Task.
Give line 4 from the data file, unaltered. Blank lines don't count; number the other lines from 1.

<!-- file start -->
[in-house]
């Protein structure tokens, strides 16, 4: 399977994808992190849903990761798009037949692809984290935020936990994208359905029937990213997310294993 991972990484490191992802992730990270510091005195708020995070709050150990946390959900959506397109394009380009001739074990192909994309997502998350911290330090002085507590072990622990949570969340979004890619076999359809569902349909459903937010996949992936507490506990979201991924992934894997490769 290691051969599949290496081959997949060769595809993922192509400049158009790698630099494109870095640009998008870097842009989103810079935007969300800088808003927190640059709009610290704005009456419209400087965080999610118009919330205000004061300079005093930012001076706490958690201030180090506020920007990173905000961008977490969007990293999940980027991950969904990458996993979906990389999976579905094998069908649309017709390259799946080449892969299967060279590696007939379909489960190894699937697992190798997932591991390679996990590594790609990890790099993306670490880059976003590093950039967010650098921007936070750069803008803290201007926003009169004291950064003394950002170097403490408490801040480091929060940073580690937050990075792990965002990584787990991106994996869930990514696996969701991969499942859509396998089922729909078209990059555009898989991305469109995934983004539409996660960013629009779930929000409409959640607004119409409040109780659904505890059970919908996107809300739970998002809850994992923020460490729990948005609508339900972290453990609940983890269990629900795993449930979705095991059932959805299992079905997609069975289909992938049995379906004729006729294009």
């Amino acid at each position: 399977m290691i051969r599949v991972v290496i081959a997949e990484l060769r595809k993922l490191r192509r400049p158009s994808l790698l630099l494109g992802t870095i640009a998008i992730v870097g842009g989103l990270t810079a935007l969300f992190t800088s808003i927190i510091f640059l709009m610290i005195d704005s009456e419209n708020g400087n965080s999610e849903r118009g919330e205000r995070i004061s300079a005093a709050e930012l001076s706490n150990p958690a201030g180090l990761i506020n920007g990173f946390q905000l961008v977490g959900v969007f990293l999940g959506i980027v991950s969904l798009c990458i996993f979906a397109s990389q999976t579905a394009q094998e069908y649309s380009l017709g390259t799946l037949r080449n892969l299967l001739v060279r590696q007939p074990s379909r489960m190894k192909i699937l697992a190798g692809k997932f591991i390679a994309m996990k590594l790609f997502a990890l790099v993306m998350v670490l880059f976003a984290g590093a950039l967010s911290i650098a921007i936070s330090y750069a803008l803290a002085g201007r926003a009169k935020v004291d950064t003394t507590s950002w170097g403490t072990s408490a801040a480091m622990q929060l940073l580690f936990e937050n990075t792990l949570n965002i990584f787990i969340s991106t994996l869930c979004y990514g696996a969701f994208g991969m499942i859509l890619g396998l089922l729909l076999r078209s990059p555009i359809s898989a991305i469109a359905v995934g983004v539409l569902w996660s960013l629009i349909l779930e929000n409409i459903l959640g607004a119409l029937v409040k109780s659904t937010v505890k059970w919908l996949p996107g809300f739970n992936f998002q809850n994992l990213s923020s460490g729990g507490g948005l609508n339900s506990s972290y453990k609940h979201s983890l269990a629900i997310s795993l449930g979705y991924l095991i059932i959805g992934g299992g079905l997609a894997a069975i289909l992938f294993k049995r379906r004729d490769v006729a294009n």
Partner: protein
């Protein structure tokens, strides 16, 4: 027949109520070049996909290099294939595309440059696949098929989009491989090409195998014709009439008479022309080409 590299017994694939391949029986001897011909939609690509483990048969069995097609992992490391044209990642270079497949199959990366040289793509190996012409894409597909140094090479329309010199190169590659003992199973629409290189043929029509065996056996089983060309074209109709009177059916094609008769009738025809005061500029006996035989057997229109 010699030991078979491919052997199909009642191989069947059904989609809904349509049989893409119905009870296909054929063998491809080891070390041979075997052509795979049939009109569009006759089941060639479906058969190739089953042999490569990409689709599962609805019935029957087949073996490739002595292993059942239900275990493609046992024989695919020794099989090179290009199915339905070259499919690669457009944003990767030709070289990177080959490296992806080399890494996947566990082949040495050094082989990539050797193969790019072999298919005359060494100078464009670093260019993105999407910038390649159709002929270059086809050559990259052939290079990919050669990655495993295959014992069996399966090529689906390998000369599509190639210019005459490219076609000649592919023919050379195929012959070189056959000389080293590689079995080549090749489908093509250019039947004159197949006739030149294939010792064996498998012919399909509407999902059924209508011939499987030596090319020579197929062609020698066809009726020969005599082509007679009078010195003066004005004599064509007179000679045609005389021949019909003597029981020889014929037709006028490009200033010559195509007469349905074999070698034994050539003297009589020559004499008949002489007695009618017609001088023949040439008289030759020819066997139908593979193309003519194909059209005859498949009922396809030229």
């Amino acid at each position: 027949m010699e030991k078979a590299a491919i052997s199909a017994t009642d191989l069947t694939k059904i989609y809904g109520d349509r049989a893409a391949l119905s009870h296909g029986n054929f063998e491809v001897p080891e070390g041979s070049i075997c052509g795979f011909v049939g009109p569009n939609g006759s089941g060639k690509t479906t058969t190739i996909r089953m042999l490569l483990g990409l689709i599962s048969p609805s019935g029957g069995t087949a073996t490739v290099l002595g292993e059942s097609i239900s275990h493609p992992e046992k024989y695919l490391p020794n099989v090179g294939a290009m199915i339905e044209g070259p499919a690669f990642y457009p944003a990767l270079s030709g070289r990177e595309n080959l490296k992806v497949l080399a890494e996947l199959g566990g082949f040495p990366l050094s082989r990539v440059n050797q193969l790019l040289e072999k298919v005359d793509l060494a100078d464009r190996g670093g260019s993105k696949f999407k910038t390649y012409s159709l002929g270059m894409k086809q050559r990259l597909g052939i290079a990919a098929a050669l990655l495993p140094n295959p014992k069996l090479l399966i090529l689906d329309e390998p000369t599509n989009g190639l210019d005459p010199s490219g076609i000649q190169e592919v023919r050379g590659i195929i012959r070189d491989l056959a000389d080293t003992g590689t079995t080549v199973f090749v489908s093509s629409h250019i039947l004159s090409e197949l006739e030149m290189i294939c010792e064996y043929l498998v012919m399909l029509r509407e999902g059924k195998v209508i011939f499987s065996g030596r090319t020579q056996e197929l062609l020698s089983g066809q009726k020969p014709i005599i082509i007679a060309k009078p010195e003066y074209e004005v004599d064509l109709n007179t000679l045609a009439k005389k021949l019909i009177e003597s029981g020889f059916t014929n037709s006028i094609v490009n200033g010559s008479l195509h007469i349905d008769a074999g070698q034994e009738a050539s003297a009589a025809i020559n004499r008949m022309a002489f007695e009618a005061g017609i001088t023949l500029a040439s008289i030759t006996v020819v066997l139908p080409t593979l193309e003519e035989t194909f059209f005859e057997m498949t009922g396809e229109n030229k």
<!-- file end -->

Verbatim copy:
Partner: protein